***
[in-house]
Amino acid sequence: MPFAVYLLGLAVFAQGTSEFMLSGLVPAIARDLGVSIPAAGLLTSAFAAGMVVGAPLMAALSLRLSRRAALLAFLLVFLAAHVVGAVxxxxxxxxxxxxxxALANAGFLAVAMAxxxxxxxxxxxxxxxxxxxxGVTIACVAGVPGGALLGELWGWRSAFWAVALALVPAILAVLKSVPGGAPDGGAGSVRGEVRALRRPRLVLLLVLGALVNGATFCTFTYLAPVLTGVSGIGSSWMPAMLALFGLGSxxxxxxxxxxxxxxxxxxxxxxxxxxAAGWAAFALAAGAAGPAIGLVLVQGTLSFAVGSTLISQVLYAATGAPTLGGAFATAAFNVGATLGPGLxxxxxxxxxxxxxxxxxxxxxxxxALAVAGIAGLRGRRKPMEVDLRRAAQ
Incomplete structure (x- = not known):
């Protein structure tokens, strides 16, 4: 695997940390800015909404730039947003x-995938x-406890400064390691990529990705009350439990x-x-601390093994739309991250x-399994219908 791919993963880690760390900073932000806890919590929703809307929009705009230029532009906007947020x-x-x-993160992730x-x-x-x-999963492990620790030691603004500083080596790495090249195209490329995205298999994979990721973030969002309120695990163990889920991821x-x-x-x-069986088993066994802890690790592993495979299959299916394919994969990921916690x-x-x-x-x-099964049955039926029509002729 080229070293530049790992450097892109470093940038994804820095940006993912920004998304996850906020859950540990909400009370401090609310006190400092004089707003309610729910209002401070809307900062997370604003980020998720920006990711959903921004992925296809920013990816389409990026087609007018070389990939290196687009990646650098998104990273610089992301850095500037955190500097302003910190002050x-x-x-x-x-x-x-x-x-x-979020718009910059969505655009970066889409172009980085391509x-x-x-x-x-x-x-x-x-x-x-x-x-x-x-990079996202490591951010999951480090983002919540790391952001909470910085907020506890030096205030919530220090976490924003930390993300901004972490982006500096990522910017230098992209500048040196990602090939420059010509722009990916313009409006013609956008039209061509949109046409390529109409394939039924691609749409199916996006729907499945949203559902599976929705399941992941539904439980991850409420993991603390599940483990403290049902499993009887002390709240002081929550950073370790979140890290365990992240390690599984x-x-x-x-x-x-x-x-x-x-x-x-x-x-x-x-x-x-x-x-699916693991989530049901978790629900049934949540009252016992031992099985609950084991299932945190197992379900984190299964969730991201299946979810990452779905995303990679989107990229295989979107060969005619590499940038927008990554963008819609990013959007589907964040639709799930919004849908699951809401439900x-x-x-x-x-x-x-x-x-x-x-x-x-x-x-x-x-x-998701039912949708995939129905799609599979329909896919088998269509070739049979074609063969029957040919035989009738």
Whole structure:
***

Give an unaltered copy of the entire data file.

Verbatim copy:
[in-house]
Amino acid sequence: MPFAVYLLGLAVFAQGTSEFMLSGLVPAIARDLGVSIPAAGLLTSAFAAGMVVGAPLMAALSLRLSRRAALLAFLLVFLAAHVVGAVxxxxxxxxxxxxxxALANAGFLAVAMAxxxxxxxxxxxxxxxxxxxxGVTIACVAGVPGGALLGELWGWRSAFWAVALALVPAILAVLKSVPGGAPDGGAGSVRGEVRALRRPRLVLLLVLGALVNGATFCTFTYLAPVLTGVSGIGSSWMPAMLALFGLGSxxxxxxxxxxxxxxxxxxxxxxxxxxAAGWAAFALAAGAAGPAIGLVLVQGTLSFAVGSTLISQVLYAATGAPTLGGAFATAAFNVGATLGPGLxxxxxxxxxxxxxxxxxxxxxxxxALAVAGIAGLRGRRKPMEVDLRRAAQ
Incomplete structure (x- = not known):
């Protein structure tokens, strides 16, 4: 695997940390800015909404730039947003x-995938x-406890400064390691990529990705009350439990x-x-601390093994739309991250x-399994219908 791919993963880690760390900073932000806890919590929703809307929009705009230029532009906007947020x-x-x-993160992730x-x-x-x-999963492990620790030691603004500083080596790495090249195209490329995205298999994979990721973030969002309120695990163990889920991821x-x-x-x-069986088993066994802890690790592993495979299959299916394919994969990921916690x-x-x-x-x-099964049955039926029509002729 080229070293530049790992450097892109470093940038994804820095940006993912920004998304996850906020859950540990909400009370401090609310006190400092004089707003309610729910209002401070809307900062997370604003980020998720920006990711959903921004992925296809920013990816389409990026087609007018070389990939290196687009990646650098998104990273610089992301850095500037955190500097302003910190002050x-x-x-x-x-x-x-x-x-x-979020718009910059969505655009970066889409172009980085391509x-x-x-x-x-x-x-x-x-x-x-x-x-x-x-990079996202490591951010999951480090983002919540790391952001909470910085907020506890030096205030919530220090976490924003930390993300901004972490982006500096990522910017230098992209500048040196990602090939420059010509722009990916313009409006013609956008039209061509949109046409390529109409394939039924691609749409199916996006729907499945949203559902599976929705399941992941539904439980991850409420993991603390599940483990403290049902499993009887002390709240002081929550950073370790979140890290365990992240390690599984x-x-x-x-x-x-x-x-x-x-x-x-x-x-x-x-x-x-x-x-699916693991989530049901978790629900049934949540009252016992031992099985609950084991299932945190197992379900984190299964969730991201299946979810990452779905995303990679989107990229295989979107060969005619590499940038927008990554963008819609990013959007589907964040639709799930919004849908699951809401439900x-x-x-x-x-x-x-x-x-x-x-x-x-x-x-x-x-x-998701039912949708995939129905799609599979329909896919088998269509070739049979074609063969029957040919035989009738």
Whole structure: